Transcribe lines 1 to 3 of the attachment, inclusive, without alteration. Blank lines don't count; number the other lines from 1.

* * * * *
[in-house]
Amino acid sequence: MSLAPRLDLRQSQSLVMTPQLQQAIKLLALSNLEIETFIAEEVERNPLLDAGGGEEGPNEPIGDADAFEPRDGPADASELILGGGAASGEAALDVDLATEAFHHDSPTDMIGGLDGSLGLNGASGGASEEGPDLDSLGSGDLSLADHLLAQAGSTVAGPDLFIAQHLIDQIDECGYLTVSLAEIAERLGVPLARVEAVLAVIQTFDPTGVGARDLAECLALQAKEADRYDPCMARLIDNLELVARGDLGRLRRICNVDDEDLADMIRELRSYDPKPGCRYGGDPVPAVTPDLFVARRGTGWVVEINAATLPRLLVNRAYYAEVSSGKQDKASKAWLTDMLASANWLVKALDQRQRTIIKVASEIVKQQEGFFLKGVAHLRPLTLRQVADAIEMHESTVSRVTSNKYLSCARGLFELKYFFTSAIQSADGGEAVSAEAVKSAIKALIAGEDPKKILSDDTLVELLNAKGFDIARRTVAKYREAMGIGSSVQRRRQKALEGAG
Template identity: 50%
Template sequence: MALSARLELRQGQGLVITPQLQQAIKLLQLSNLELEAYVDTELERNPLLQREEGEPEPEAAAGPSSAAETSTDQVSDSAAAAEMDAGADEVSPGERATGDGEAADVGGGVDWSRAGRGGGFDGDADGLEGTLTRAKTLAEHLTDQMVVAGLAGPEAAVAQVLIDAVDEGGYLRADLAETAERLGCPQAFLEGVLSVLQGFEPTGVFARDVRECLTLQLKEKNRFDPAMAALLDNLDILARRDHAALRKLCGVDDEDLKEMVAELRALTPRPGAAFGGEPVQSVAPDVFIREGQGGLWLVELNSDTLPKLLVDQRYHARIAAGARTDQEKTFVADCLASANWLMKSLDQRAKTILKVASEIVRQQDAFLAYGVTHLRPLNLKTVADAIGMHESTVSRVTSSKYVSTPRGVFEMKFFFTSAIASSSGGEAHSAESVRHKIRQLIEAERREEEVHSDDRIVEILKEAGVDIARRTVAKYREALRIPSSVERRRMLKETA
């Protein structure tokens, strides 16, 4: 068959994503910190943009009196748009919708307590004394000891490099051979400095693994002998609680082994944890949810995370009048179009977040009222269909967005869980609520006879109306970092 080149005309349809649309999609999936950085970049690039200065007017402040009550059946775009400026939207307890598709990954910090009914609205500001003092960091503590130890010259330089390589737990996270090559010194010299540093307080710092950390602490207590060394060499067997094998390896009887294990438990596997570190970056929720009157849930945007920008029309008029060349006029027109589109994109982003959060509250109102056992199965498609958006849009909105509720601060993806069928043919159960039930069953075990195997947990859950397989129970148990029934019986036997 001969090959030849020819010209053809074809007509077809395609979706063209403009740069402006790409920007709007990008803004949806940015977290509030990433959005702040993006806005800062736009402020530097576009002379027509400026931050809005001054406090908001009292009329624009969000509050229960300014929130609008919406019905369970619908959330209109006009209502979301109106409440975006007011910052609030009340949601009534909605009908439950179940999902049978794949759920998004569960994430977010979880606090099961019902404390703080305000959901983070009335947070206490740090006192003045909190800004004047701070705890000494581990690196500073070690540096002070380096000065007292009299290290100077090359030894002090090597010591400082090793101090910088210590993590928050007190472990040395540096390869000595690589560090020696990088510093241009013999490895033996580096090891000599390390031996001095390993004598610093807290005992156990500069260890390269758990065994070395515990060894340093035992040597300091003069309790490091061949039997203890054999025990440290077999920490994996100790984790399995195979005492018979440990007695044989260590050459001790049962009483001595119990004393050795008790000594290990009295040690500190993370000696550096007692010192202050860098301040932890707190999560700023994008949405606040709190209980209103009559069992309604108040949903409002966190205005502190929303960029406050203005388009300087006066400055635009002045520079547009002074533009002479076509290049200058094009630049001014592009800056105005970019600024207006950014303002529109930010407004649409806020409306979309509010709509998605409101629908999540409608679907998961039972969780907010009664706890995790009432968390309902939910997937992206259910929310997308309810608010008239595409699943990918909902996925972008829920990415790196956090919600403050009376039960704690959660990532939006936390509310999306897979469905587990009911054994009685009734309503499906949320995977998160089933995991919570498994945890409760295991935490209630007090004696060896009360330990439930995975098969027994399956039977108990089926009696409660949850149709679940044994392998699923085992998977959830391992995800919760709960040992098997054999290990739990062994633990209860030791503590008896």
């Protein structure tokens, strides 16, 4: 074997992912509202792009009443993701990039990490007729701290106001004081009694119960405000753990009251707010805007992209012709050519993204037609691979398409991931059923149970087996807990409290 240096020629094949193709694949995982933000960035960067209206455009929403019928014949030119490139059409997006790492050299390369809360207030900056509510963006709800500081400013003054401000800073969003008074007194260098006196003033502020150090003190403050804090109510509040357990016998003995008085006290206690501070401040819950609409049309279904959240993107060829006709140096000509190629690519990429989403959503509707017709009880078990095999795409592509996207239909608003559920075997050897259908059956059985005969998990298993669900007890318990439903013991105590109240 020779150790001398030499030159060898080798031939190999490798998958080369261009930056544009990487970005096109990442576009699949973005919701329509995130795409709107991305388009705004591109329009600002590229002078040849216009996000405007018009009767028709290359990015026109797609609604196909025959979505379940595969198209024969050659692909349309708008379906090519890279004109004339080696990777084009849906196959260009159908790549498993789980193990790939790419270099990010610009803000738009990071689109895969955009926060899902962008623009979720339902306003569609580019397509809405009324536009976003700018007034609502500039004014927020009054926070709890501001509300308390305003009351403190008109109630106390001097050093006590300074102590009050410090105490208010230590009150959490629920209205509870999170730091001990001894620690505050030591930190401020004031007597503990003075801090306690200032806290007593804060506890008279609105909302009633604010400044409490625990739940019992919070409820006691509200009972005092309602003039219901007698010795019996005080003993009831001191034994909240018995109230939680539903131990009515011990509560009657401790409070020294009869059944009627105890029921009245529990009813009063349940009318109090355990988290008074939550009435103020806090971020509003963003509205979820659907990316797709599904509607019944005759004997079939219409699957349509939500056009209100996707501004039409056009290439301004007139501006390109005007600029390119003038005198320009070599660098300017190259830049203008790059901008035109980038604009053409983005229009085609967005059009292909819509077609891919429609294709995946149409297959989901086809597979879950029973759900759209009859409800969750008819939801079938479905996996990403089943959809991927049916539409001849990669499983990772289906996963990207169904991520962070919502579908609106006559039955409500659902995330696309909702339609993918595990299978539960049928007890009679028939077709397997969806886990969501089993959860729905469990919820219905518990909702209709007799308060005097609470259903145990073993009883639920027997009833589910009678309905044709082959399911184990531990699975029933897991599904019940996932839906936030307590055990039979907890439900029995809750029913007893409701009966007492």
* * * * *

[in-house]
Amino acid sequence: MSLAPRLDLRQSQSLVMTPQLQQAIKLLALSNLEIETFIAEEVERNPLLDAGGGEEGPNEPIGDADAFEPRDGPADASELILGGGAASGEAALDVDLATEAFHHDSPTDMIGGLDGSLGLNGASGGASEEGPDLDSLGSGDLSLADHLLAQAGSTVAGPDLFIAQHLIDQIDECGYLTVSLAEIAERLGVPLARVEAVLAVIQTFDPTGVGARDLAECLALQAKEADRYDPCMARLIDNLELVARGDLGRLRRICNVDDEDLADMIRELRSYDPKPGCRYGGDPVPAVTPDLFVARRGTGWVVEINAATLPRLLVNRAYYAEVSSGKQDKASKAWLTDMLASANWLVKALDQRQRTIIKVASEIVKQQEGFFLKGVAHLRPLTLRQVADAIEMHESTVSRVTSNKYLSCARGLFELKYFFTSAIQSADGGEAVSAEAVKSAIKALIAGEDPKKILSDDTLVELLNAKGFDIARRTVAKYREAMGIGSSVQRRRQKALEGAG
Template identity: 50%